PC Threats

PC Threats This page is dedicated to where you can learn about all of the differnt types of threats out there that could possibly infect or damage your computer. Not only have we listed the threats, we have provided a little history on each one so that you may educate yourself on what each one is. Remember to keep your computer protected! Let JBaileyStudio.com help with regular tune-ups and keep your PC protected from all of these threats, they could strike at any moment!


Ransomeware: Ransomware restricts access to data by encrypting files or locking computer screens. It then attempts to extort money from victims by asking for "ransom", usually in form of cryptocurrencies like Bitcoin, in exchange for access to data.

Tech Support Scams:Tech support scams are an industry-wide issue where scammers use scare tactics to trick you into paying for unnecessary technical support services that supposedly fix contrived device, platform, or software problems.

Unwanted Software:Unwanted software are programs that alter your Windows experience without your consent or control. The altered experience can be in the form of modified browsing experience, lack of control over downloads and installation, misleading messages, or unauthorized changes to Windows settings.


Exploits take advantage of weaknesses or "vulnerabilities" in common software, such as Java and Adobe Flash. A vulnerability is like a hole in your software that malware can use to get onto your PC. Malware can use these vulnerabilities to exploit the way the software works and further infect your PC. Some of the worst exploits allow attackers to run malicious code on your PC without your knowledge.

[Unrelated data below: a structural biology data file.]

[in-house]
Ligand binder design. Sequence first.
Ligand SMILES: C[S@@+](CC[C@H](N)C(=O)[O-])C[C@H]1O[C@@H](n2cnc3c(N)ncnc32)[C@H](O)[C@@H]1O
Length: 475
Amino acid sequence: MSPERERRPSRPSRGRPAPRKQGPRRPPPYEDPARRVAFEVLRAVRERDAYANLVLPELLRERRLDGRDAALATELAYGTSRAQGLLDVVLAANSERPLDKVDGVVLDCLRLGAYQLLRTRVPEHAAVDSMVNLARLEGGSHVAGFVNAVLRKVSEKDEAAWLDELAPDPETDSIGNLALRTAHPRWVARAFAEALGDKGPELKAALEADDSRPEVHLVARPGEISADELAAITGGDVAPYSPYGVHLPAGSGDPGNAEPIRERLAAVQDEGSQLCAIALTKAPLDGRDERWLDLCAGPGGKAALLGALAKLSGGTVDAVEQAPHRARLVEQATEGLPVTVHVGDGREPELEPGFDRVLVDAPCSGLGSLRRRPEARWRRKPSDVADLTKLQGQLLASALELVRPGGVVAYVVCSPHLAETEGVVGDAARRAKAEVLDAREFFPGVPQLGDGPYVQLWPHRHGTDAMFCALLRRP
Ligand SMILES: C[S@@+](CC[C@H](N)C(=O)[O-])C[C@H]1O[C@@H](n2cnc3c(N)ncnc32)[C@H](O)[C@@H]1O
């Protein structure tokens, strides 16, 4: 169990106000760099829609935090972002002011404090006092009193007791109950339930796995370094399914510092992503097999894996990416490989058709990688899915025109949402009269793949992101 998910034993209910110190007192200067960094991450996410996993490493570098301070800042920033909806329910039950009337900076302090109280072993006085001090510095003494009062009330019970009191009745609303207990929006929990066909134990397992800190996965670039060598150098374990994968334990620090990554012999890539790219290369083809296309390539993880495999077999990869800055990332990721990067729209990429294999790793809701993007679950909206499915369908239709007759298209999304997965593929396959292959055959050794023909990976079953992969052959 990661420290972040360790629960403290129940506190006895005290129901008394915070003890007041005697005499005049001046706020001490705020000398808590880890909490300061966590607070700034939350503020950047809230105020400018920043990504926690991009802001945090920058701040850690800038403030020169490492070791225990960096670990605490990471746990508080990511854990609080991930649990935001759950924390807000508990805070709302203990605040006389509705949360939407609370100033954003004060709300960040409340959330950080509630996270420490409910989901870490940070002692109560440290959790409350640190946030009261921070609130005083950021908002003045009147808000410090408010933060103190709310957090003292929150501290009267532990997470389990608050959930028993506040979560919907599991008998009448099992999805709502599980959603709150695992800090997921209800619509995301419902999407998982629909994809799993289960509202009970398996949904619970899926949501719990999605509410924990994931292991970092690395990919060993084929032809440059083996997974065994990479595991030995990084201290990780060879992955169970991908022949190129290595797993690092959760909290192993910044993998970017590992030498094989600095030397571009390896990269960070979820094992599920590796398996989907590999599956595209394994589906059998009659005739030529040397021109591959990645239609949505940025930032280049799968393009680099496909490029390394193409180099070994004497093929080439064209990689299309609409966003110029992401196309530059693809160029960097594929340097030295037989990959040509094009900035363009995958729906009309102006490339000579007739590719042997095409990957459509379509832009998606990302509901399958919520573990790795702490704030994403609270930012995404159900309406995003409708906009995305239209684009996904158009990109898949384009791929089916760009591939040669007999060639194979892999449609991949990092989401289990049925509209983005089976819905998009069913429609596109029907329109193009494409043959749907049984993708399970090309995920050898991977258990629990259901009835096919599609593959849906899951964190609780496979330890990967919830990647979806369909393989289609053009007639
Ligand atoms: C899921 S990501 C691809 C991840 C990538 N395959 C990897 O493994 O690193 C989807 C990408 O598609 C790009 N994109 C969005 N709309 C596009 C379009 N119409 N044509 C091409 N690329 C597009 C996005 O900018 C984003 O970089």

Worm Malware

What are worms?

A worm is a type of malware that spreads to other PCs. Worms can copy themselves and often spread through a PC network by exploiting security vulnerabilities.

How do I get infected with a worm?

Worms can spread through email attachments, instant messaging programs, file-sharing programs, social networking sites, network shares, removable drives, and software vulnerabilities.

Macro Malware

Macros are a legitimate way to automate some common tasks in Microsoft Office. However, malware can also use this functionality to download threats onto your PC. Macro malware usually hides in Microsoft Word or Microsoft Excel documents. These malicious documents are sent as spam email attachments, or inside ZIP files attached to spam emails. They use files names designed to entice you into opening them.